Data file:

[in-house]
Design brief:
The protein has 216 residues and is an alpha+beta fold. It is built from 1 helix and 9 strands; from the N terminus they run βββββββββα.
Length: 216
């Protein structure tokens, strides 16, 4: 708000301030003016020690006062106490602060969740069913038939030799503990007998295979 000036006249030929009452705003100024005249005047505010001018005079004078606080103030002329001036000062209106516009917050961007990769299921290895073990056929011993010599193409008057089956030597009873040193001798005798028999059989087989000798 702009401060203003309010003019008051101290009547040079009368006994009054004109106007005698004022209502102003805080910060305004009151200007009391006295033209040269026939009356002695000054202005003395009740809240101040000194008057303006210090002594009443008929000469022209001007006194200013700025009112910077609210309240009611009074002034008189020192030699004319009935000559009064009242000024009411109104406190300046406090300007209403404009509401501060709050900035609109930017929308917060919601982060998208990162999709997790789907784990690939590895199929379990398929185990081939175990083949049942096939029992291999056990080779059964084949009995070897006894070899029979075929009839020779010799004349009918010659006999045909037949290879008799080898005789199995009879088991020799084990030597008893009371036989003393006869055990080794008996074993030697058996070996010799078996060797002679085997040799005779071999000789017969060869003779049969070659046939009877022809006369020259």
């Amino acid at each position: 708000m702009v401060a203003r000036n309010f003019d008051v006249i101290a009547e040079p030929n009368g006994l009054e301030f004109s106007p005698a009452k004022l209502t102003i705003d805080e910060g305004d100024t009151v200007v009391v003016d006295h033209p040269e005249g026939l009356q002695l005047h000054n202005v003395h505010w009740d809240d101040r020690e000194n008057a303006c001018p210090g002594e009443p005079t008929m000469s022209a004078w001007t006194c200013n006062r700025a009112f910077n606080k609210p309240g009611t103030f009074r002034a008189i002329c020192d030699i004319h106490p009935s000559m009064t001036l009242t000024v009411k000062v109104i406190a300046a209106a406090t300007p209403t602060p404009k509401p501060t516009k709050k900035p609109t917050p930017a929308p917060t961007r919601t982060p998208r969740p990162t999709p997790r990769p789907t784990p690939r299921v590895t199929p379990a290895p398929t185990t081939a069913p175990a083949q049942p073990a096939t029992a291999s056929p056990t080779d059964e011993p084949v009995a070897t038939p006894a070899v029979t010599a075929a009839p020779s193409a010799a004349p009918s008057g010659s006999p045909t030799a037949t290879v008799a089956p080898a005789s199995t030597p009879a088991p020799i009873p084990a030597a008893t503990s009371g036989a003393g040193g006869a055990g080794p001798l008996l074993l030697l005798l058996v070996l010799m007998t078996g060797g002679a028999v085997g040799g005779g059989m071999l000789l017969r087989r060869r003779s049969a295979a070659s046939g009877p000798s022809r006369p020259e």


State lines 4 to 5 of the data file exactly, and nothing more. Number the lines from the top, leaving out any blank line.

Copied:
Length: 216
């Protein structure tokens, strides 16, 4: 708000301030003016020690006062106490602060969740069913038939030799503990007998295979 000036006249030929009452705003100024005249005047505010001018005079004078606080103030002329001036000062209106516009917050961007990769299921290895073990056929011993010599193409008057089956030597009873040193001798005798028999059989087989000798 702009401060203003309010003019008051101290009547040079009368006994009054004109106007005698004022209502102003805080910060305004009151200007009391006295033209040269026939009356002695000054202005003395009740809240101040000194008057303006210090002594009443008929000469022209001007006194200013700025009112910077609210309240009611009074002034008189020192030699004319009935000559009064009242000024009411109104406190300046406090300007209403404009509401501060709050900035609109930017929308917060919601982060998208990162999709997790789907784990690939590895199929379990398929185990081939175990083949049942096939029992291999056990080779059964084949009995070897006894070899029979075929009839020779010799004349009918010659006999045909037949290879008799080898005789199995009879088991020799084990030597008893009371036989003393006869055990080794008996074993030697058996070996010799078996060797002679085997040799005779071999000789017969060869003779049969070659046939009877022809006369020259």